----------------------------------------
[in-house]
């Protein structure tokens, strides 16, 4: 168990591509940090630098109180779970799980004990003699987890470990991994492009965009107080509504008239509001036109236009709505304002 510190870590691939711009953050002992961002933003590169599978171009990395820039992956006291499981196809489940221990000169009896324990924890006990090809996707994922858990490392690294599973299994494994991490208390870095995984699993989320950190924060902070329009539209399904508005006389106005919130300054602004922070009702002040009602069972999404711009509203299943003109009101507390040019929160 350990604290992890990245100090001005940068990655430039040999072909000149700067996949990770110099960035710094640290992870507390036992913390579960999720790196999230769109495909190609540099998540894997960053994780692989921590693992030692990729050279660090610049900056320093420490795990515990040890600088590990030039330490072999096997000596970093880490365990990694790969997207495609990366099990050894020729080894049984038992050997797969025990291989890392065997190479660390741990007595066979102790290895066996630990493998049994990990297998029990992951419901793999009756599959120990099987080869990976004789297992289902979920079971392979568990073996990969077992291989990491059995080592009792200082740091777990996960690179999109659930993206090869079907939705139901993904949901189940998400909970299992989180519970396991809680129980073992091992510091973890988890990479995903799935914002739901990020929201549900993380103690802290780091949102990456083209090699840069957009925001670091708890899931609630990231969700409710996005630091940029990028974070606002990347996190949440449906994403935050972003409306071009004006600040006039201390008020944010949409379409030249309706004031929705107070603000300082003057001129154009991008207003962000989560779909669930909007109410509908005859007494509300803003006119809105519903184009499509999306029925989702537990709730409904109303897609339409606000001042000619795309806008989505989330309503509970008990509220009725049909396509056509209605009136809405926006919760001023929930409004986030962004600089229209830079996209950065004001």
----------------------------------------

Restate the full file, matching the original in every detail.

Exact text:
[in-house]
């Protein structure tokens, strides 16, 4: 168990591509940090630098109180779970799980004990003699987890470990991994492009965009107080509504008239509001036109236009709505304002 510190870590691939711009953050002992961002933003590169599978171009990395820039992956006291499981196809489940221990000169009896324990924890006990090809996707994922858990490392690294599973299994494994991490208390870095995984699993989320950190924060902070329009539209399904508005006389106005919130300054602004922070009702002040009602069972999404711009509203299943003109009101507390040019929160 350990604290992890990245100090001005940068990655430039040999072909000149700067996949990770110099960035710094640290992870507390036992913390579960999720790196999230769109495909190609540099998540894997960053994780692989921590693992030692990729050279660090610049900056320093420490795990515990040890600088590990030039330490072999096997000596970093880490365990990694790969997207495609990366099990050894020729080894049984038992050997797969025990291989890392065997190479660390741990007595066979102790290895066996630990493998049994990990297998029990992951419901793999009756599959120990099987080869990976004789297992289902979920079971392979568990073996990969077992291989990491059995080592009792200082740091777990996960690179999109659930993206090869079907939705139901993904949901189940998400909970299992989180519970396991809680129980073992091992510091973890988890990479995903799935914002739901990020929201549900993380103690802290780091949102990456083209090699840069957009925001670091708890899931609630990231969700409710996005630091940029990028974070606002990347996190949440449906994403935050972003409306071009004006600040006039201390008020944010949409379409030249309706004031929705107070603000300082003057001129154009991008207003962000989560779909669930909007109410509908005859007494509300803003006119809105519903184009499509999306029925989702537990709730409904109303897609339409606000001042000619795309806008989505989330309503509970008990509220009725049909396509056509209605009136809405926006919760001023929930409004986030962004600089229209830079996209950065004001």